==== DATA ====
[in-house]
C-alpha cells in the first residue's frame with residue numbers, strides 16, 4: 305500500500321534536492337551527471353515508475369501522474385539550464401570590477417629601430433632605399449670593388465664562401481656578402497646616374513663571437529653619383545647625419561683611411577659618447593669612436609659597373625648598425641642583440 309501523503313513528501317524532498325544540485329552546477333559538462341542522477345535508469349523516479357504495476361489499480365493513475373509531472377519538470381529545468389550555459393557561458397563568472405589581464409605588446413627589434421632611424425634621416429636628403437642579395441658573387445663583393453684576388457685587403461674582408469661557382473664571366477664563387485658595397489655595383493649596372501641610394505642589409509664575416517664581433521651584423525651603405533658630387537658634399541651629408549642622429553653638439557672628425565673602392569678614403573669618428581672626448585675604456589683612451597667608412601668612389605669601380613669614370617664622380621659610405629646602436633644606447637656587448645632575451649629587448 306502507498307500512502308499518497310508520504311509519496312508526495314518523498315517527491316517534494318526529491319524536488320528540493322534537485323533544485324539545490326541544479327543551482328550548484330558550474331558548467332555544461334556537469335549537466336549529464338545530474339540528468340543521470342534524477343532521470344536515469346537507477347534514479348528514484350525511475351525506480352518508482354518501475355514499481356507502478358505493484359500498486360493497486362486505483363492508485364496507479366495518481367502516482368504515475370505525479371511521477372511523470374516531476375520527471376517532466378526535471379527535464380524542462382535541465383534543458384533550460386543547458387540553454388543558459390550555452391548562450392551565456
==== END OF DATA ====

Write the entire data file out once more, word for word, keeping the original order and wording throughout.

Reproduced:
[in-house]
C-alpha cells in the first residue's frame with residue numbers, strides 16, 4: 305500500500321534536492337551527471353515508475369501522474385539550464401570590477417629601430433632605399449670593388465664562401481656578402497646616374513663571437529653619383545647625419561683611411577659618447593669612436609659597373625648598425641642583440 309501523503313513528501317524532498325544540485329552546477333559538462341542522477345535508469349523516479357504495476361489499480365493513475373509531472377519538470381529545468389550555459393557561458397563568472405589581464409605588446413627589434421632611424425634621416429636628403437642579395441658573387445663583393453684576388457685587403461674582408469661557382473664571366477664563387485658595397489655595383493649596372501641610394505642589409509664575416517664581433521651584423525651603405533658630387537658634399541651629408549642622429553653638439557672628425565673602392569678614403573669618428581672626448585675604456589683612451597667608412601668612389605669601380613669614370617664622380621659610405629646602436633644606447637656587448645632575451649629587448 306502507498307500512502308499518497310508520504311509519496312508526495314518523498315517527491316517534494318526529491319524536488320528540493322534537485323533544485324539545490326541544479327543551482328550548484330558550474331558548467332555544461334556537469335549537466336549529464338545530474339540528468340543521470342534524477343532521470344536515469346537507477347534514479348528514484350525511475351525506480352518508482354518501475355514499481356507502478358505493484359500498486360493497486362486505483363492508485364496507479366495518481367502516482368504515475370505525479371511521477372511523470374516531476375520527471376517532466378526535471379527535464380524542462382535541465383534543458384533550460386543547458387540553454388543558459390550555452391548562450392551565456